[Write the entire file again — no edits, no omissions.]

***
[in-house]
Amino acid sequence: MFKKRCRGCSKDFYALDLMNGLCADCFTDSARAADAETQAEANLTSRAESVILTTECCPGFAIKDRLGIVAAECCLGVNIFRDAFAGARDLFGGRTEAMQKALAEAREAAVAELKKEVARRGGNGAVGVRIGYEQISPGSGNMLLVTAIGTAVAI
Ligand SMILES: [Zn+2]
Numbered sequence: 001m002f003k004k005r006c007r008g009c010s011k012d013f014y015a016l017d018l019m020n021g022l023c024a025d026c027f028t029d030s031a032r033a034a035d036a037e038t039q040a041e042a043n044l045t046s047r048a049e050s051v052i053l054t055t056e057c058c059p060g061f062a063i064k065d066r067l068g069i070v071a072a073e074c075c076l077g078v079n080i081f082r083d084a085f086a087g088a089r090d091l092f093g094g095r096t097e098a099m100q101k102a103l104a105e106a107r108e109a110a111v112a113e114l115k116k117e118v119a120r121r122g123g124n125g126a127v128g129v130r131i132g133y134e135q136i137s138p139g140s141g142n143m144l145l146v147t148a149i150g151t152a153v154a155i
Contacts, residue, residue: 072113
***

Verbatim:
[in-house]
Amino acid sequence: MFKKRCRGCSKDFYALDLMNGLCADCFTDSARAADAETQAEANLTSRAESVILTTECCPGFAIKDRLGIVAAECCLGVNIFRDAFAGARDLFGGRTEAMQKALAEAREAAVAELKKEVARRGGNGAVGVRIGYEQISPGSGNMLLVTAIGTAVAI
Ligand SMILES: [Zn+2]
Numbered sequence: 001m002f003k004k005r006c007r008g009c010s011k012d013f014y015a016l017d018l019m020n021g022l023c024a025d026c027f028t029d030s031a032r033a034a035d036a037e038t039q040a041e042a043n044l045t046s047r048a049e050s051v052i053l054t055t056e057c058c059p060g061f062a063i064k065d066r067l068g069i070v071a072a073e074c075c076l077g078v079n080i081f082r083d084a085f086a087g088a089r090d091l092f093g094g095r096t097e098a099m100q101k102a103l104a105e106a107r108e109a110a111v112a113e114l115k116k117e118v119a120r121r122g123g124n125g126a127v128g129v130r131i132g133y134e135q136i137s138p139g140s141g142n143m144l145l146v147t148a149i150g151t152a153v154a155i
Contacts, residue, residue: 072113